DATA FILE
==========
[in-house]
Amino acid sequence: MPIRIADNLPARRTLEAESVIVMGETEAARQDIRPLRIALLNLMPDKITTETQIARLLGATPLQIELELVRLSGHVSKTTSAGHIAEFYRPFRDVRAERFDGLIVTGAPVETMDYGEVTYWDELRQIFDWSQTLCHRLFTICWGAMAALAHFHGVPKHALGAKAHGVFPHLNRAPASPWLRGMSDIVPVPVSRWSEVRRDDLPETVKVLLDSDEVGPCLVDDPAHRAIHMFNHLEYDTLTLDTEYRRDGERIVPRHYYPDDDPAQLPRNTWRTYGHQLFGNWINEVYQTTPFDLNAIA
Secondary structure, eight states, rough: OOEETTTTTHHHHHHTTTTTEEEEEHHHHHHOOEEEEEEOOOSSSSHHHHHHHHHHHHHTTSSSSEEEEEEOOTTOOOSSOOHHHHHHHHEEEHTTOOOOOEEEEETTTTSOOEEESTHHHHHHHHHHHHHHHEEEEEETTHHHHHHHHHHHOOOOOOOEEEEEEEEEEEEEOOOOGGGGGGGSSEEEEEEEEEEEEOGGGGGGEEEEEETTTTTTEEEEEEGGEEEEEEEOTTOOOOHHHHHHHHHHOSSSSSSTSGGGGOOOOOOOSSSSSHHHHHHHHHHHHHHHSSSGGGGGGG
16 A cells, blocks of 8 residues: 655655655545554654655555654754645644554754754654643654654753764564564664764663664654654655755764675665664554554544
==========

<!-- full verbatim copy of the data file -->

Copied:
[in-house]
Amino acid sequence: MPIRIADNLPARRTLEAESVIVMGETEAARQDIRPLRIALLNLMPDKITTETQIARLLGATPLQIELELVRLSGHVSKTTSAGHIAEFYRPFRDVRAERFDGLIVTGAPVETMDYGEVTYWDELRQIFDWSQTLCHRLFTICWGAMAALAHFHGVPKHALGAKAHGVFPHLNRAPASPWLRGMSDIVPVPVSRWSEVRRDDLPETVKVLLDSDEVGPCLVDDPAHRAIHMFNHLEYDTLTLDTEYRRDGERIVPRHYYPDDDPAQLPRNTWRTYGHQLFGNWINEVYQTTPFDLNAIA
Secondary structure, eight states, rough: OOEETTTTTHHHHHHTTTTTEEEEEHHHHHHOOEEEEEEOOOSSSSHHHHHHHHHHHHHTTSSSSEEEEEEOOTTOOOSSOOHHHHHHHHEEEHTTOOOOOEEEEETTTTSOOEEESTHHHHHHHHHHHHHHHEEEEEETTHHHHHHHHHHHOOOOOOOEEEEEEEEEEEEEOOOOGGGGGGGSSEEEEEEEEEEEEOGGGGGGEEEEEETTTTTTEEEEEEGGEEEEEEEOTTOOOOHHHHHHHHHHOSSSSSSTSGGGGOOOOOOOSSSSSHHHHHHHHHHHHHHHSSSGGGGGGG
16 A cells, blocks of 8 residues: 655655655545554654655555654754645644554754754654643654654753764564564664764663664654654655755764675665664554554544